Also, Blockstream’s projection that the bond will return 165% annually over 10 years is based on the bet that bitcoin will be trading at $1 million by that time. I consider that completely possible, but also completely unknowable. A 10-year projection for literally any asset is pretty much always going to be a made-up number. Invest accordingly – unless your real priority is to change the world.
8:30 a.m. HKT/SGT (12:30 a.m. UTC) Australia retail sales (Oct. MoM)
3:45 p.m. HKT/SGT (7:45 a.m. UTC) France consumer confidence (Nov.)
4 p.m. HKT/SGT (8 a.m. UTC) Speech by European Central Bank President Christine Lagarde at the ECB Legal Conference 2021
In case you missed it, here are the most recent episodes of “First Mover” on CoinDesk TV:
Is El Salvador’s Bitcoin City All a Fantasy? Ambassador of El Salvador to the US Explains Country’s Bitcoin Ambitions
El Salvador is doubling down on its bitcoin adoption by planning to build a bitcoin city and issue a bitcoin bond. Will El Salvador succeed? “First Mover” hosts spoke with Milena Mayorga, ambassador of El Salvador to the United States. Plus, First Mover covered markets insights from Greg King, Osprey Funds founder and CEO. His firm is planning to launch NFT funds by early next year.
Crypto: The Gift That Keeps On Giving (to Charity)
Decentraland’s MANA Token Hits All-Time High After Sale of Virtual Real Estate
Elrond Leapfrogs Into DeFi’s Top 10 as Users Chase Ridiculously Large Incentive Program
Canada Needs a Loonie-Linked Digital Currency, Policy Experts Say
Soccer Star Andrés Iniesta Warned by Spanish Regulator After Promoting Binance
‘Crypto-States’ Will Compete With Corporates in the Metaverse
Today’s Crypto Explainer: What is Bitcoin’s Lightning Network?

DISCLOSURE
The leader in news and information on cryptocurrency, digital assets and the future of money, CoinDesk is a media outlet that strives for the highest journalistic standards and abides by a strict set of editorial policies. CoinDesk is an independent operating subsidiary of Digital Currency Group, which invests in cryptocurrencies and blockchain startups.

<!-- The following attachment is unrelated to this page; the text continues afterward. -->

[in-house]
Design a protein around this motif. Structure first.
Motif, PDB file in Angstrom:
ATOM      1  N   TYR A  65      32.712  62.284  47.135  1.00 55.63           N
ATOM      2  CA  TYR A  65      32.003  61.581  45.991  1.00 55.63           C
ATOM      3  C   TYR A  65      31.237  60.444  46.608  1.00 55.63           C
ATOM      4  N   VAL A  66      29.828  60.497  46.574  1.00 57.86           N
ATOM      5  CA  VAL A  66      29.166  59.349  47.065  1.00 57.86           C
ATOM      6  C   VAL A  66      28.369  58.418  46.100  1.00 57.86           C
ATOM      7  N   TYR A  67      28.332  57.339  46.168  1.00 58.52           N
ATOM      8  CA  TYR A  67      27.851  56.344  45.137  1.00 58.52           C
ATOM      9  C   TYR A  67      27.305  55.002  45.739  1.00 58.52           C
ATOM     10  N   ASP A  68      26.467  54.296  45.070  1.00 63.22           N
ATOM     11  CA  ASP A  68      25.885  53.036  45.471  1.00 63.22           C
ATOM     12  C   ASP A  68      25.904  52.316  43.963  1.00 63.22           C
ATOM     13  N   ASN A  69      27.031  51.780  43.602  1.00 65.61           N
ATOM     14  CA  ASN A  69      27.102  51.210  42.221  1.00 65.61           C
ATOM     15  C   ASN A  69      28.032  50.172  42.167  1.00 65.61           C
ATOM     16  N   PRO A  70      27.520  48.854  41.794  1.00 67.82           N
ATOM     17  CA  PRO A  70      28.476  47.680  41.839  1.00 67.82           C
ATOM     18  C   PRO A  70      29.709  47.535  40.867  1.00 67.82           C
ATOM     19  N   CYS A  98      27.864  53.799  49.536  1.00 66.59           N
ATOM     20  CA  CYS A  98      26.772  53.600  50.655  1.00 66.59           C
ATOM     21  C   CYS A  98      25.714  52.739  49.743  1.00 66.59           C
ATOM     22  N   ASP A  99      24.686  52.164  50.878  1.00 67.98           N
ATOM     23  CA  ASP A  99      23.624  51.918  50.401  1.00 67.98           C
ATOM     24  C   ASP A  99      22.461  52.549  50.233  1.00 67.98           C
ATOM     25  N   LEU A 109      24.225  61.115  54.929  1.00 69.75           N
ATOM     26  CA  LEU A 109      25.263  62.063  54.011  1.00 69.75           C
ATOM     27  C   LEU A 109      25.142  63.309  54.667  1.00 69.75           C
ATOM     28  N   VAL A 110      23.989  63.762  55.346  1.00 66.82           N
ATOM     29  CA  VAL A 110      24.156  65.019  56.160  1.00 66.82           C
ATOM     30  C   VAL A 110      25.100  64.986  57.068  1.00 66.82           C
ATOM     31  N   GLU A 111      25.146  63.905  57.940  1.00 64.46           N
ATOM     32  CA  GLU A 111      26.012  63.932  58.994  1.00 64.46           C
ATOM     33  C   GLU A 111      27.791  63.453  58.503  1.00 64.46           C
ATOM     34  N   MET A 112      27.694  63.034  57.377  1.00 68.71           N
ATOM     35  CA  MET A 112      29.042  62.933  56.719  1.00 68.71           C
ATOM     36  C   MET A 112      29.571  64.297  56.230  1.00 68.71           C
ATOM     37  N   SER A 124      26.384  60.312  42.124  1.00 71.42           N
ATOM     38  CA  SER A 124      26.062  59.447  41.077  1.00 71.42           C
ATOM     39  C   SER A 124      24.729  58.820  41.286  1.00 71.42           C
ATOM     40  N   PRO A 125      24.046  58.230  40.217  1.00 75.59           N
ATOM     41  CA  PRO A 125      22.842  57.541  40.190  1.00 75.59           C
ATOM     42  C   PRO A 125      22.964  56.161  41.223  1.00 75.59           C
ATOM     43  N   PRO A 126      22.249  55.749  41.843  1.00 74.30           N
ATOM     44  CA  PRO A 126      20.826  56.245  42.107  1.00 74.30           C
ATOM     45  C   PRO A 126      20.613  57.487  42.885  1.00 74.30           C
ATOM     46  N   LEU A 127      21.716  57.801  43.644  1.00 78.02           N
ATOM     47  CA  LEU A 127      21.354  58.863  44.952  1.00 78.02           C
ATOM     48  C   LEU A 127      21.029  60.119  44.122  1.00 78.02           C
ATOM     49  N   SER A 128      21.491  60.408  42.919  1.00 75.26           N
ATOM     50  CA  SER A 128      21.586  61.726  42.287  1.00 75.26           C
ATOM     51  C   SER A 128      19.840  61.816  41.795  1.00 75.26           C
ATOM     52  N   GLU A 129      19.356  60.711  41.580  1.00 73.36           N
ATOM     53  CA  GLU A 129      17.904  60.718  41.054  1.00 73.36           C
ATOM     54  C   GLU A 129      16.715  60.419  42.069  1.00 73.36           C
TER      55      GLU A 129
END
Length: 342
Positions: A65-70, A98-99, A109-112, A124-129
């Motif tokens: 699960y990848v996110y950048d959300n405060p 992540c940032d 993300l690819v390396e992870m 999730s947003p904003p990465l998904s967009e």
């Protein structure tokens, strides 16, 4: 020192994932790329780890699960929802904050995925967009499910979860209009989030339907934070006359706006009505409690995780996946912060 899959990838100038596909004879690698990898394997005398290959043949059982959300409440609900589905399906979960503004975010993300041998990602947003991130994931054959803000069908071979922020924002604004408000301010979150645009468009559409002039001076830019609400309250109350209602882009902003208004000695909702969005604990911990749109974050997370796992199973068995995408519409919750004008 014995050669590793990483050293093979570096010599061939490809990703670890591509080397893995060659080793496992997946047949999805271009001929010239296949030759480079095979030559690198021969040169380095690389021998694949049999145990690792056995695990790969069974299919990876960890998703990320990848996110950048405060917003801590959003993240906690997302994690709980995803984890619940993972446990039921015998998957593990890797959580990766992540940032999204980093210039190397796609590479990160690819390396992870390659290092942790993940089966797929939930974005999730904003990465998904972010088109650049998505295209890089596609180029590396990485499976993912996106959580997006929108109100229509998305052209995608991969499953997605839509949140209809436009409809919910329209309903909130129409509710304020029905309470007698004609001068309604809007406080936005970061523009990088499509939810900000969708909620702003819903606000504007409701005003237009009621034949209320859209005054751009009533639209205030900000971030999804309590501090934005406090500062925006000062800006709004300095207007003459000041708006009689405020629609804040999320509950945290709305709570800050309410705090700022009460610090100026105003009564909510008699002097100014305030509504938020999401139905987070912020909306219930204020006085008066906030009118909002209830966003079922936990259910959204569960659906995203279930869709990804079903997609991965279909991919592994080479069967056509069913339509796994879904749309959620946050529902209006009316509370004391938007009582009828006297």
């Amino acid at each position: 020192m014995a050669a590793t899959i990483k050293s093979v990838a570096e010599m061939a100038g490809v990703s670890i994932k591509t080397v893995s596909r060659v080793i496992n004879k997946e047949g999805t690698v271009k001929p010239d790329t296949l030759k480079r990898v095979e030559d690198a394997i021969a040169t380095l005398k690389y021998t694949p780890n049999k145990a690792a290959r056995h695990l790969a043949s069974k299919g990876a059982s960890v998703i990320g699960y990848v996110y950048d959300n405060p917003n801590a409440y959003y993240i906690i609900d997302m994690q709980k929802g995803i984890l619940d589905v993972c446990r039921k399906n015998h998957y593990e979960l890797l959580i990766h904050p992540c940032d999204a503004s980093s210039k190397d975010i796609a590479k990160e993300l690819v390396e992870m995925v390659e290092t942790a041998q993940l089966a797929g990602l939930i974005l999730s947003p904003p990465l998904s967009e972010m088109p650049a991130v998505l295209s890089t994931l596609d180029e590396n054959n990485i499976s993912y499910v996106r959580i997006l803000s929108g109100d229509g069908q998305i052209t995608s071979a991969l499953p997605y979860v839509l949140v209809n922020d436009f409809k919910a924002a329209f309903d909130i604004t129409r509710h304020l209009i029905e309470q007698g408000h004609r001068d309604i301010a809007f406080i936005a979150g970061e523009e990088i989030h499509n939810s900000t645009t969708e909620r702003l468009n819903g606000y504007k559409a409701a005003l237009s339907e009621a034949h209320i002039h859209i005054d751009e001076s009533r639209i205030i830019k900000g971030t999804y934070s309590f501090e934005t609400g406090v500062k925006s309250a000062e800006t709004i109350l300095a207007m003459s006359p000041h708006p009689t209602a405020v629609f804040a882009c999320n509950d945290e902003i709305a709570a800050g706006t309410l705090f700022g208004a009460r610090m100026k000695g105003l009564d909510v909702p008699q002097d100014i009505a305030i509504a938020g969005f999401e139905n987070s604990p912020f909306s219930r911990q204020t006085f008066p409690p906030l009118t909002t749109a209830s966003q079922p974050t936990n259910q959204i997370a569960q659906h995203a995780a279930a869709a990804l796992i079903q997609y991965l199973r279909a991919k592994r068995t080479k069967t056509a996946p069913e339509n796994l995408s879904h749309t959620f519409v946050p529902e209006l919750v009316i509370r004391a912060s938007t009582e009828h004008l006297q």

Muyao Shen
Muyao is a reporter on the markets team. She is based in Brooklyn, New York. She owns a marginal amount of bitcoin.
Follow @MuyaoShen on Twitter
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The leader in news and information on cryptocurrency, digital assets and the future of money, CoinDesk is a media outlet that strives for the highest journalistic standards and abides by a strict set of editorial policies. CoinDesk is an independent operating subsidiary of Digital Currency Group, which invests in cryptocurrencies and blockchain startups.
@2021 CoinDesk

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Coinbase CFO's outlook on the future of cryptocurrency – CNBC

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Coinbase CFO’s outlook on the future of cryptocurrency  CNBC
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Coinbase acqui-hires team behind BRD crypto wallet – TechCrunch

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As crypto proponents look to onboard a new generation of users, one of the major consumer onramps has been a host of consumer wallet apps with slick interfaces.